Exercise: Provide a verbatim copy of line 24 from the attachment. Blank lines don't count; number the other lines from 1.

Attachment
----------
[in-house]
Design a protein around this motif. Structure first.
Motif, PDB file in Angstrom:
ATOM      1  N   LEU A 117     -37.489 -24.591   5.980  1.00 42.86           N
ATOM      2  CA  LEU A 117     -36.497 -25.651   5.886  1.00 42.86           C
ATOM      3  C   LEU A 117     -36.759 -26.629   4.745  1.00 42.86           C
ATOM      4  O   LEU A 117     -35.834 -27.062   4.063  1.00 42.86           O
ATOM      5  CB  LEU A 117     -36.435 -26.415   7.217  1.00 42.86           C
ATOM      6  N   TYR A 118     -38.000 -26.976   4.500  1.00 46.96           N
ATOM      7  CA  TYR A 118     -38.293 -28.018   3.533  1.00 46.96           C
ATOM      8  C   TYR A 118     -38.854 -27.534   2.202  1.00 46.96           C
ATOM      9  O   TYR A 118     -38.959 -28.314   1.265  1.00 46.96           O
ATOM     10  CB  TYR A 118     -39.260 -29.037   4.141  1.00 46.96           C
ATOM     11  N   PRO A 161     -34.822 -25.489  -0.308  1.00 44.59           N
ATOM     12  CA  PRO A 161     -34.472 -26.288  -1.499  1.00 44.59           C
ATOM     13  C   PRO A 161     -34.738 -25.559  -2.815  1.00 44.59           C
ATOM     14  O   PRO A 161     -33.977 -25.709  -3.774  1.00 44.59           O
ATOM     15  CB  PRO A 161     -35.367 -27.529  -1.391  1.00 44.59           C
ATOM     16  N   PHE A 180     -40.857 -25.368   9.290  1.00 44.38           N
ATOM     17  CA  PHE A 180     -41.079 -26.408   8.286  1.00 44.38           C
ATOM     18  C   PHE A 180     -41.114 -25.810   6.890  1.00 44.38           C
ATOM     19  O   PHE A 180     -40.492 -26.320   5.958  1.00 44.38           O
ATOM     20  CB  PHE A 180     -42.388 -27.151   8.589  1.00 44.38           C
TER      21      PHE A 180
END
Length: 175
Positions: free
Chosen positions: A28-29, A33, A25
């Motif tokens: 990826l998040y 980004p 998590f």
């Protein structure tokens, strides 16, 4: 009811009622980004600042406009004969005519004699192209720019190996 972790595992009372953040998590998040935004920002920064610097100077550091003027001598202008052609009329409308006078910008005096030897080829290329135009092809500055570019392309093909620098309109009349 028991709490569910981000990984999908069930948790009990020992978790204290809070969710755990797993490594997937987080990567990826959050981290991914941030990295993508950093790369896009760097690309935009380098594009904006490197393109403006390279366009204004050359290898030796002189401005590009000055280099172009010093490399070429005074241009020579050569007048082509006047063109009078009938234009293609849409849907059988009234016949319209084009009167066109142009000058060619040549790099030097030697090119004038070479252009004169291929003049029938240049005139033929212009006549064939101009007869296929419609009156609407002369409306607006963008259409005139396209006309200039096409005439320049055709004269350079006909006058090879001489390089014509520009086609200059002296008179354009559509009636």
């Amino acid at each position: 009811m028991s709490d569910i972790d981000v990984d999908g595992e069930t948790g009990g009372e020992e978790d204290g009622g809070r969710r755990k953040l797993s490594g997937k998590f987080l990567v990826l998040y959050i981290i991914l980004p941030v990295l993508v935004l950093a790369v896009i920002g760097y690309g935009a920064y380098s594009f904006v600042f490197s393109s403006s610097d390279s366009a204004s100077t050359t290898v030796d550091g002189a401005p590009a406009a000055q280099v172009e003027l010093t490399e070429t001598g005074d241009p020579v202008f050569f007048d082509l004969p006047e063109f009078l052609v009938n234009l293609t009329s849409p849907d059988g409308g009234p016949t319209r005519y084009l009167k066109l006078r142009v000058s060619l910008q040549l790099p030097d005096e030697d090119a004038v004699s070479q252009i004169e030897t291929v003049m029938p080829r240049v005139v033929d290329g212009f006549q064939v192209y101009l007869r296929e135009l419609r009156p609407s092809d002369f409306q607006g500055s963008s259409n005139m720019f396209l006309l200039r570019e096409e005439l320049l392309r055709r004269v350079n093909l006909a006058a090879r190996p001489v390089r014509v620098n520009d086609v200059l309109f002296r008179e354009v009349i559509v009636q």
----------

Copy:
TER      21      PHE A 180